Jaap, Jan and Thijs on camels (in some order). Photo by
Tobias Werth, cc bysa.
Jaap, Jan, and Thijs are on a trip to the desert after
having attended the ACM ICPC World Finals 2015 in Morocco. The
trip included a camel ride, and after returning from the ride,
their guide invited them to a big camel race in the evening.
The camels they rode will also participate and it is customary
to bet on the results of the race.
One of the most interesting bets involves guessing the
complete order in which the camels will finish the race. This
bet offers the biggest return on your money, since it is also
the one that is the hardest to get right.
Jaap, Jan, and Thijs have already placed their bets, but the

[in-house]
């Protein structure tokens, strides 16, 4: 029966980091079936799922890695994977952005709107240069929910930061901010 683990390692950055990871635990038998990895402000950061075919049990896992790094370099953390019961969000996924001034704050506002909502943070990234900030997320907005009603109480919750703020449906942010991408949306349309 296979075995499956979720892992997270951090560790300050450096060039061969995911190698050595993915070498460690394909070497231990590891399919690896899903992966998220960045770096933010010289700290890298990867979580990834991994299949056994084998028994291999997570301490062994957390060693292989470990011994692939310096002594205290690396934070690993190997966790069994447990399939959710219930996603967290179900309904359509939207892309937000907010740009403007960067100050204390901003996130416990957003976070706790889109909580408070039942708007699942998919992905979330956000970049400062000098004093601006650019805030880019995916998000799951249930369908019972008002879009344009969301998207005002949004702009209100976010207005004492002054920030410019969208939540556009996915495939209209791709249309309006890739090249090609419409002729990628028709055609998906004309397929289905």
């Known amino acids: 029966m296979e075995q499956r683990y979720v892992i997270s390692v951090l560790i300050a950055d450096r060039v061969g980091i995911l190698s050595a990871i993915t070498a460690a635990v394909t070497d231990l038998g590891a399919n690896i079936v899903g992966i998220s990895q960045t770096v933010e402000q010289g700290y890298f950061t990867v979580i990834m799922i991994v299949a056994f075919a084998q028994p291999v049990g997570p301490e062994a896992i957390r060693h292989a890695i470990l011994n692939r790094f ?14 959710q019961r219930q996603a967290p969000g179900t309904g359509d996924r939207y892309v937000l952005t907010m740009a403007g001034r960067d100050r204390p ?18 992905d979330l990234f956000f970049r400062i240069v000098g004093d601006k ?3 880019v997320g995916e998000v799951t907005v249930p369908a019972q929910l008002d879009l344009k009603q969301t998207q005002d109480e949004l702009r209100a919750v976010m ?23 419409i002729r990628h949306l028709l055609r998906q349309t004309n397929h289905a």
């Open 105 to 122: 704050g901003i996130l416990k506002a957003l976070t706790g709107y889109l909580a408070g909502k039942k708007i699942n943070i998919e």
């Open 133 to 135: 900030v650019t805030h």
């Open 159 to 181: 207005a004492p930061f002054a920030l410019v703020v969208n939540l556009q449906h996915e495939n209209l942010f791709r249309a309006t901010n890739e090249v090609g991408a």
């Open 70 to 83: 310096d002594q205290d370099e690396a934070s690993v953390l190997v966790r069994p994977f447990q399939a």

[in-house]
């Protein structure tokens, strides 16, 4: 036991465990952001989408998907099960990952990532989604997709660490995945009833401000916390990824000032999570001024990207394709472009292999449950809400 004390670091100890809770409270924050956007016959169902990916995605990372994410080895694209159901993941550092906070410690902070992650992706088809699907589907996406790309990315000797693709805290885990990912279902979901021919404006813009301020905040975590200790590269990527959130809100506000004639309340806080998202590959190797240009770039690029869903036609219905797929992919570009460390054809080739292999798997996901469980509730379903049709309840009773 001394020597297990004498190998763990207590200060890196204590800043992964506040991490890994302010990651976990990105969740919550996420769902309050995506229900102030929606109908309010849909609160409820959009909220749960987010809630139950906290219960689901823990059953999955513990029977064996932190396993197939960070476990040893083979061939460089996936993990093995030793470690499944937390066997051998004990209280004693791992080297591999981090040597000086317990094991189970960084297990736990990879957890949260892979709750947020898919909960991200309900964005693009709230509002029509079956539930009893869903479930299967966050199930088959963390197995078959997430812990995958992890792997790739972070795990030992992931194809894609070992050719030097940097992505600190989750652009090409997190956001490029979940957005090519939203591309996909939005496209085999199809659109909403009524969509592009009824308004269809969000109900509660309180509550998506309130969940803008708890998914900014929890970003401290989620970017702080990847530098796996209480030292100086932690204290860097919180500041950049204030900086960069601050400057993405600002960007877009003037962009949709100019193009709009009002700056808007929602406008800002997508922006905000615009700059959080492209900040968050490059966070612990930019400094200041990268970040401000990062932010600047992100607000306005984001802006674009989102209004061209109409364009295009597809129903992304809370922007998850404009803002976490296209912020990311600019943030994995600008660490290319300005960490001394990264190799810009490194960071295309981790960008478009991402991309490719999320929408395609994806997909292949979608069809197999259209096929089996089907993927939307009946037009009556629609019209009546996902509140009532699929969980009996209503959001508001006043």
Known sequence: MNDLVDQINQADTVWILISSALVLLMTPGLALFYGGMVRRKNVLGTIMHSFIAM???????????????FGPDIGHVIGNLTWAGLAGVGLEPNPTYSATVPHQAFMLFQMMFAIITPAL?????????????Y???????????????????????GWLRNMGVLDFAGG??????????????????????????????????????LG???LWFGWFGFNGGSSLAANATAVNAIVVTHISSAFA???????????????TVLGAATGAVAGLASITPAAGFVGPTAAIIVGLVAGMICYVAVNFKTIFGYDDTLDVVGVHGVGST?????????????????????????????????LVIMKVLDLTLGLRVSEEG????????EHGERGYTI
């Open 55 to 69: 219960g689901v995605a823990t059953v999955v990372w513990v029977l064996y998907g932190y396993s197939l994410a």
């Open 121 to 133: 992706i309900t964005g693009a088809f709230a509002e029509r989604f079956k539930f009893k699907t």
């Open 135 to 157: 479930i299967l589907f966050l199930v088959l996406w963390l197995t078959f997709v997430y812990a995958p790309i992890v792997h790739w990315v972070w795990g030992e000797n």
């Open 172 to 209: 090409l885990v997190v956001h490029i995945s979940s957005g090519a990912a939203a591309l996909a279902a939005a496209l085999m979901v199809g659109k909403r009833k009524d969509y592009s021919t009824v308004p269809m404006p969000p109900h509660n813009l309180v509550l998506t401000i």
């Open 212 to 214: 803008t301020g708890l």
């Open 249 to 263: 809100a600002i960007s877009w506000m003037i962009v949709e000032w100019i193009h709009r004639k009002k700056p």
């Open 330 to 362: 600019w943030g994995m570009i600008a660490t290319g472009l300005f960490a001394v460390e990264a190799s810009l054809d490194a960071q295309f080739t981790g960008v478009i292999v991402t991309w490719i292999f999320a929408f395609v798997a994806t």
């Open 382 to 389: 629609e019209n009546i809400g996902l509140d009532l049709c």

race will not start until an hour from now, so they are getting
bored. They started wondering how many pairs of camels they
have put in the same order. If camel $c$ is before camel $d$ on Jaap’s, Jan’s and Thijs’ bet,
it means that all three of them put $c$ and $d$ in the same order. Can you help
them to calculate the number of pairs of camels for which this
happened?
Input
The input consists of:

one line with an integer $n$ ($2\leq n \leq 200\, 000$), the
number of camels;

one line with $n$
integers $a_1, \ldots , a_
n$ ($1 \le a_ i \le
n$ for all $i$), Jaap’s bet. Here
$a_1$ is the camel in
the first position of Jaap’s bet, $a_2$ is the camel in the second
position, and so on;

one line with Jan’s bet, in the same format as Jaap’s
bet;

one line with Thijs’ bet, in the same format as Jaap’s
bet.
The camels are numbered $1,
\dots , n$. Each camel appears exactly once in each
bet.
Output
Output the number of pairs of camels that appear in the same
order in all $3$ bets.
Sample Input 1 
Sample Output 1 
3
3 2 1
1 2 3
1 2 3

0

Sample Input 2 
Sample Output 2 
4
2 3 1 4
2 1 4 3
2 4 3 1

3